August 22, 2013

SportsFilter: The Thursday Huddle:

A place to discuss the sports stories that aren't making news, share links that aren't quite front-page material, and diagram plays on your hand. Remember to count to five Mississippi before commenting in anger.

posted by huddle to general at 06:00 AM - 8 comments

Are baseball statistics too judgmental? If they are, who got screwed by them?

posted by yerfatma at 09:50 AM on August 22, 2013

If you're going to make a sign for the ballpark, take some time and trace it out.

posted by yerfatma at 09:52 AM on August 22, 2013

Yeah, I'm in trouble now.

posted by smithnyiu at 01:37 PM on August 22, 2013

Oy. And who is Migga? I know of a Miggy. And the extended version of great is grrrreat. Oy.

posted by NoMich at 03:58 PM on August 22, 2013

From the Posnanski article, I'm not sure if it's completely fair to compare stats across sports, but when he does, it certainly makes things like errors seem silly. In any event, a very well written piece.

posted by bender at 04:25 PM on August 22, 2013

Yeah, I both agreed and disagreed with him, but it's an interesting, thought provoking essay.

I kind of agree on the error as subjective and irrelevent in terms of the larger statistical picture. But then again, if you stopped counting errors as errors- i.e., rule it an error on the fielder but still count it as a hit- then what do you call extra bases taken on an error- stolen bases? Where I think errors are problematic is on having them be subjective, but really- most of the time a fielder gets an error for dropping a catch he had lined up, or throwing the ball away. And contrary to Joe's claim, I believe many official scorers would rule an error when the fielder stood there, blinded by the sun, and the ball landed 5 feet to his left. Players don't and shouldn't get errors simply for not reaching the play, but that's already (ideally) capture by stats like zone rating et al.

As a tangent, I think defense, and zone ratings et al, are still a very inaccurate part of sabermetrics, and given how WAR is the hot sexy and yet is (double or triple) pegged to defensive position, we might find that down the road we have to re-assess players yet again. I'll never understand the positional adjustment to offensive WAR due to position played.

I also completely agree with the defensive indifference complaint; I've never understood that rule, as baseball- of all sports- is one where no lead is truly safe, so "letting" a runner advance could be just the thing to set off an 8-run inning in the top of the 9th that ends up winning the game.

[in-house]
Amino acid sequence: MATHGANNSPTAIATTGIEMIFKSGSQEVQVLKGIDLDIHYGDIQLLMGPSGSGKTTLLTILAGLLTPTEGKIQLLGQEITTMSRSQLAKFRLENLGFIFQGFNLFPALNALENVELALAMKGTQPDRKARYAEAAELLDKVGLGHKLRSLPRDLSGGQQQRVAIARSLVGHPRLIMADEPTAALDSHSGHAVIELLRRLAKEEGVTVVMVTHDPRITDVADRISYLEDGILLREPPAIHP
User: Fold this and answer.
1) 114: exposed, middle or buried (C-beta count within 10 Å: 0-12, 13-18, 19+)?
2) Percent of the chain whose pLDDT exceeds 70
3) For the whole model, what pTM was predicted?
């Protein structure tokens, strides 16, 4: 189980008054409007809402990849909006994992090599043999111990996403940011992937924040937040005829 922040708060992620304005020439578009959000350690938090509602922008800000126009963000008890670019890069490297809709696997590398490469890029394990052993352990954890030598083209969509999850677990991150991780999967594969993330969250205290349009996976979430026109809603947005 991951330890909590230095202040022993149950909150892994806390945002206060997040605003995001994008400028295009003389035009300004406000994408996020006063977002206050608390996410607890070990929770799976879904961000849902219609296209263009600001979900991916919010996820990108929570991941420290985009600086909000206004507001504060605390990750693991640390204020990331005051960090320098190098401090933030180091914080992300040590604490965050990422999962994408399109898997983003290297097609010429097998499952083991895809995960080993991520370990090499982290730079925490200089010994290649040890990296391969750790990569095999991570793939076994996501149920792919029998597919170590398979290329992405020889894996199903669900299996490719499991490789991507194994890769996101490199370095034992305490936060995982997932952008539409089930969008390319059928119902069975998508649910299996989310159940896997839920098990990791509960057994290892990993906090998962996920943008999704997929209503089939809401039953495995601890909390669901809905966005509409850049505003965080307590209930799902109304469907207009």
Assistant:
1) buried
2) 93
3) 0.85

However, I think he's wrong about sac bunts and sac flies. He might have a case with sac flies, but sac bunts are basically a low percentage play in terms of the batter reaching first safely. Essentially, the reason for that scoring rule is that the hitter is intentionally trying to make an out, or at least make himself so tempting a target for the fields that the existing runner(s) will advance easily. That a runner may advance on a check swing bloop is irrelevent: the point of that rule is to not penalize a hitter when the manager has told him in effect, "Make an out on purpose". The theory behind the sac fly is the same- the player may be intentionally just trying to put it in the air for the same reason. I guess the problem is, without the official scorer knowing the signs (the intent as he mentions) we don't know if the hitter was just swinging for a line drive and got a sac fly, or if his manager basically signaled for the sac fly or sac bunt.

posted by hincandenza at 09:52 PM on August 22, 2013

...or at least make himself so tempting a target for the fields that the existing runner(s) will advance easily.

Unless the team in question is the Nationals, in which case the lead runner is likely to be the one thrown out.

posted by bender at 10:51 PM on August 22, 2013

Wow. Just, wow.

posted by Etrigan at 11:27 PM on August 22, 2013

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